âWant you?' His arms reached out to take her. âOh yes, Kitty. I want you.'
They were married that morning. They walked from the Well to Rhossili Church and told the vicar that as they were already living under the same roof there was no time for banns, and he, taciturn, silent man that he was, asked no questions. Instead he read the service over their heads, motioning the verger and his wife to stand witness.
No one in Reynoldston knew the identity of the strange young man, and the vicar of Rhossili church was famed for his refusal to speak a word out of God's house.
The Mistress never discovered Kitty's fate.
âAre you happy, my love?' It was autumn. The poppies had long since withered, but Kitty had not missed them.
âHappier than I ever believed possible,' she smiled. âI expected nothing, and you have given me the world.'
Ellis lay back on the downs and gazed out to sea. He too was used to happiness now. The meal waiting on the table when work was finished for the day. Clean, darned clothes where once there had only been yesterday's dirt-encrusted cast-offs. Thoughts, work, walks over the downsÂ â¦Â lives shared.
Kitty lay close to him, marvelling at her summer memories. Of the time that Ellis had left her alone at the Well, and how she, proud of the trust he placed in her, had worked as she'd never worked before. His glorious return from Swansea laden with presents. The first she'd been given. Clothes that would have graced the Mistress's wardrobe. Hairbrushes, not wooden and chipped, but silver and gleaming. Trinkets, jewels, ornaments for the mantelshelf, but most of all, his love. He had changed her. The lost ,hungry look had left her face, and sometimes when she looked in his glass she felt almost beautiful.
âI never did walk over the causeway to Worm's Head,' she said as they watched the first of the winter breakers crash against the cliffs.
Ellis took her hand into his own. âOctober's not the time. We'll go together. In the summer when the poppies are in bloom, I promise.'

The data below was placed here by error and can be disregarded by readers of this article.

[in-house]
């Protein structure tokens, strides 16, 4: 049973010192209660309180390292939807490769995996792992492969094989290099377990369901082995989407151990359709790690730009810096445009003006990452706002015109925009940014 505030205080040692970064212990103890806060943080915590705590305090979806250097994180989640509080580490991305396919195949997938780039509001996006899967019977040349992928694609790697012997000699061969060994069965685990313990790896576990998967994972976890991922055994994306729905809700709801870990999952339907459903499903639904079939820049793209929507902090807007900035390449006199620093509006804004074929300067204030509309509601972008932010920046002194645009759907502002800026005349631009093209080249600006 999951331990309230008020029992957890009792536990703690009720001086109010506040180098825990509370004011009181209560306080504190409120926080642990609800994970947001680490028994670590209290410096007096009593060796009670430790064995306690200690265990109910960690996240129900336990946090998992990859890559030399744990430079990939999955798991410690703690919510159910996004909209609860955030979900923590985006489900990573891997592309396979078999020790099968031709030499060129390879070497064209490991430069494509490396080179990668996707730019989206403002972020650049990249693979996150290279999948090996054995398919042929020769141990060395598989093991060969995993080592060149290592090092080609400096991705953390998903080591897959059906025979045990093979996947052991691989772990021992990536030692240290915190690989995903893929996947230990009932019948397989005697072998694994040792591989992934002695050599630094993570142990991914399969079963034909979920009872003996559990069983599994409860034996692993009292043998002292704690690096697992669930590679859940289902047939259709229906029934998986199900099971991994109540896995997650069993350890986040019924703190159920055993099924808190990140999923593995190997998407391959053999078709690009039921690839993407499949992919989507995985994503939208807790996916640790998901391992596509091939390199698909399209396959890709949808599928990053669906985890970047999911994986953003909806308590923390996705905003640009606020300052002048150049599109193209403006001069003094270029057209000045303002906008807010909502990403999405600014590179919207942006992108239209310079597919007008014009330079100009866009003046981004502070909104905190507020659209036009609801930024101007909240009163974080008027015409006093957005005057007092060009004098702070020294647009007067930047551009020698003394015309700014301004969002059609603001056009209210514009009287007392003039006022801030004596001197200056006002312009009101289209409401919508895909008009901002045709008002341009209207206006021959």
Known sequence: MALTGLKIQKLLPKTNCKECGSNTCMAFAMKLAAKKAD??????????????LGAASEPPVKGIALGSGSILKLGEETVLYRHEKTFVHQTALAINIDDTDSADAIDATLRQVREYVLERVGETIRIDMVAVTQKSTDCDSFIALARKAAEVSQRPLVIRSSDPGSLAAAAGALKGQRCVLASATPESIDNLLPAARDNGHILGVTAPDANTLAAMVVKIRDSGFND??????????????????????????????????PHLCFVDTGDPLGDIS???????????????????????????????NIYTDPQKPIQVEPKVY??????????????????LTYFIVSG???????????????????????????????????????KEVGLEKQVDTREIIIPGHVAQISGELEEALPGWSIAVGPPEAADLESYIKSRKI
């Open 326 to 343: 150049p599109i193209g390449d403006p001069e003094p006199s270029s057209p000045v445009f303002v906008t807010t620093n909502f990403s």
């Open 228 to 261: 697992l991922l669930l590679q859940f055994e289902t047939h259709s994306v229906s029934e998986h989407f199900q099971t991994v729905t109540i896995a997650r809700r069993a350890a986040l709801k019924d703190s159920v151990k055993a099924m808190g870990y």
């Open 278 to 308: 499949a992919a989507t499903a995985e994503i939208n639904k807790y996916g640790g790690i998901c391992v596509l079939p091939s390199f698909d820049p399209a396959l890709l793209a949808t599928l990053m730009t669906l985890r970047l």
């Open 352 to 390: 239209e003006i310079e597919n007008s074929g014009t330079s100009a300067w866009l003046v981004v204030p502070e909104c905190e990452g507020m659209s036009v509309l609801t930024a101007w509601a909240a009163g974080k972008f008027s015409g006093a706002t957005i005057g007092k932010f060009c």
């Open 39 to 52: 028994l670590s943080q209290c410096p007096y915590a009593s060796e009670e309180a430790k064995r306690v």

Winter came and went. Nothing disturbed their peace. Old animals died in winter storms, and young were born in the spring to replace them. Then, they had a visitor. The first of the poppies bloomed at his feet, but his news shattered their world.
âThey need more men for the war, Ellis.'
âIt's not my war, Iestyn, it won't touch the Well.'
âThis war will touch everyone, Ellis. If you don't go to fight, it will come. Even to your Well. You must go, boy.'
âWhy?' demanded Ellis. âWhy must I fight? I don't hate enough to fight.'
âYou have to go, boy, come now, the sooner you do, the sooner you'll be back. We march to Swansea tonight. Kiss your pretty wife goodbye; you'll see her again before winter sets in. I promise.'
But Ellis wasn't back by winter. Kitty shivered alone in the old cupboard bed at night, and she lived and worked as Ellis had once done. In isolation, with only the wind and the animals to keep her company.
After winterÂ âÂ spring. The poppies bloomed and Ellis returned.
âI'm back, my love. Just as Iestyn said. Have you been lonely?'
âNot any more.' She moved over, making room for him in the bed.
âThe Well. How is my Well?'
âWe have new calves, more chickens. I put butter out with the milk churns, and there's extra money in the chest.'
âThank you, my love, for loving this land as I do.'
Kitty wasn't lonely any more. Ellis was with her. Wherever she went he was at her side, helping, talking, loving. Then the postman came with a telegram. She couldn't read. He had to tell her what it said.
âEllis is dead, Kitty,' he shouted clumsily, terrified of his own emotions. âHe died for his country.'
âThank you.' She walked away. Ellis was at her side. He comforted her; she had no need of anyone else.
âPoor girl. That's all she said? “Thank you”?'
âYes. Shook me up, I can tell you.' The postman took a nip of warming elderberry wine in an effort to steady his nerves.
âAll alone up there. She should move down here to the village. A body needs Christian company.'
âThe Ellises were mad to build on the downs. Our family always said so. But then she's a pretty little thing.' The postman put away his flask and picked up his sack. âSeems to me she must have known what she was doing when she married him. Â Where did she come from, anyway? The whole Ellis clan were mad. Always were, and always will be, if you ask me.'
Kitty loved Ellis more every day. The nights were best, when she lay next to him in the old wooden bed, listening to the water trickling from the Well. It pleased her to think of the generations of Ellis women who had been lulled to sleep by that self-same sound. But the peace did not last. In the autumn the postman returned.